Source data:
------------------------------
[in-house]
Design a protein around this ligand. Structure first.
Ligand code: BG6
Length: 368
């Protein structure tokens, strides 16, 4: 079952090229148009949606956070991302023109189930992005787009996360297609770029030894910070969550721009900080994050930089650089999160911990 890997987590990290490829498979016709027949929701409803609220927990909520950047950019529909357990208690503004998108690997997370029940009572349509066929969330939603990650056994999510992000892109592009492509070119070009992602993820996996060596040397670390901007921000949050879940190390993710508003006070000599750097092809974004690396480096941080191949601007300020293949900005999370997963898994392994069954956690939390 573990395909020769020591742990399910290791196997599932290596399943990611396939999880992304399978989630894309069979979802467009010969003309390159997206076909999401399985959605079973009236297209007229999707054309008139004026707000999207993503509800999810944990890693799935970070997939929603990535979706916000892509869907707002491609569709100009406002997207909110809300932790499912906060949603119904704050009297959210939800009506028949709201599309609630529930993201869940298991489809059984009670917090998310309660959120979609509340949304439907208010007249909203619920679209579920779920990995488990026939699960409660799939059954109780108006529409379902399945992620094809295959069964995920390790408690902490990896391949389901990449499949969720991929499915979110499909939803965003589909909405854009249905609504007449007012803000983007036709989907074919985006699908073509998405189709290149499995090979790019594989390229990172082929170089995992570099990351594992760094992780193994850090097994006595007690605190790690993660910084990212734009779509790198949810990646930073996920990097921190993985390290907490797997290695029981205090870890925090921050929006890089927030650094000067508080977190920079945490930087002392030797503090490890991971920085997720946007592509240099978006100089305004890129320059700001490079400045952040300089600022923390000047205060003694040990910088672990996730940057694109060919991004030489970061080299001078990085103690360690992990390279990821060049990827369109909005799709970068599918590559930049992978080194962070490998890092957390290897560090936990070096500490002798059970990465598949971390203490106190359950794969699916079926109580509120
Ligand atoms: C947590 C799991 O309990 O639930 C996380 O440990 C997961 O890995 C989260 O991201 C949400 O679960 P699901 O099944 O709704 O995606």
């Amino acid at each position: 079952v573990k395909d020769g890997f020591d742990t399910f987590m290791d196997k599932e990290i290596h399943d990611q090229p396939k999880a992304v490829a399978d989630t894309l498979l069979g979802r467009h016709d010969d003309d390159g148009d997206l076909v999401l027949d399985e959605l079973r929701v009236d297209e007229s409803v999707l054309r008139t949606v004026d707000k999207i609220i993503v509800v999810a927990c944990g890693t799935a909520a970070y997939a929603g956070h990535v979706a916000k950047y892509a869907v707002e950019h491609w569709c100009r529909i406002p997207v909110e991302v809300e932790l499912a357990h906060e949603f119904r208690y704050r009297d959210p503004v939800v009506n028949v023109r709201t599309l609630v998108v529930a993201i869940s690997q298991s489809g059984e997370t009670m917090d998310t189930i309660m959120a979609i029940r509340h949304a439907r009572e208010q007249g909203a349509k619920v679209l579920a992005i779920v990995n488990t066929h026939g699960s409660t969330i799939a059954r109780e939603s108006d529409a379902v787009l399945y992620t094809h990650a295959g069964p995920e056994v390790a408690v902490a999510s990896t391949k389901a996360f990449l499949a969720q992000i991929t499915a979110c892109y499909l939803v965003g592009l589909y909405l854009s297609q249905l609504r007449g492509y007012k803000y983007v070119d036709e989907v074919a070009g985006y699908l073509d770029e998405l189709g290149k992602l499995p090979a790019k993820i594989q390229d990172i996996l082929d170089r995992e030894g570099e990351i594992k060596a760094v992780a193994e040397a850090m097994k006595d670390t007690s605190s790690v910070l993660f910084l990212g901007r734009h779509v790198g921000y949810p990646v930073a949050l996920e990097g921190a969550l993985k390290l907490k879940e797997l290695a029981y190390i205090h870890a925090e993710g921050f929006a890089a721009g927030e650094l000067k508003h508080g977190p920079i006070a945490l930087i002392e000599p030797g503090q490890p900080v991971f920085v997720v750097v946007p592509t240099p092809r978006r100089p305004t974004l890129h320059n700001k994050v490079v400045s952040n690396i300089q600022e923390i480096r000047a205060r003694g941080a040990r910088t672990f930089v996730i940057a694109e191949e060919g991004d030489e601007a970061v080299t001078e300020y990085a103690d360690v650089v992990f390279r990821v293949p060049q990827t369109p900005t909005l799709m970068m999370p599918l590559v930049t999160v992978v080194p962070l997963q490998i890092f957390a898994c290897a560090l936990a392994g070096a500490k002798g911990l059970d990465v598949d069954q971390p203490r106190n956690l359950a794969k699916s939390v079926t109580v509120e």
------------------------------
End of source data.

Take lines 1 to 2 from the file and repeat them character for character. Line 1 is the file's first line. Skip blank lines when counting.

[in-house]
Design a protein around this ligand. Structure first.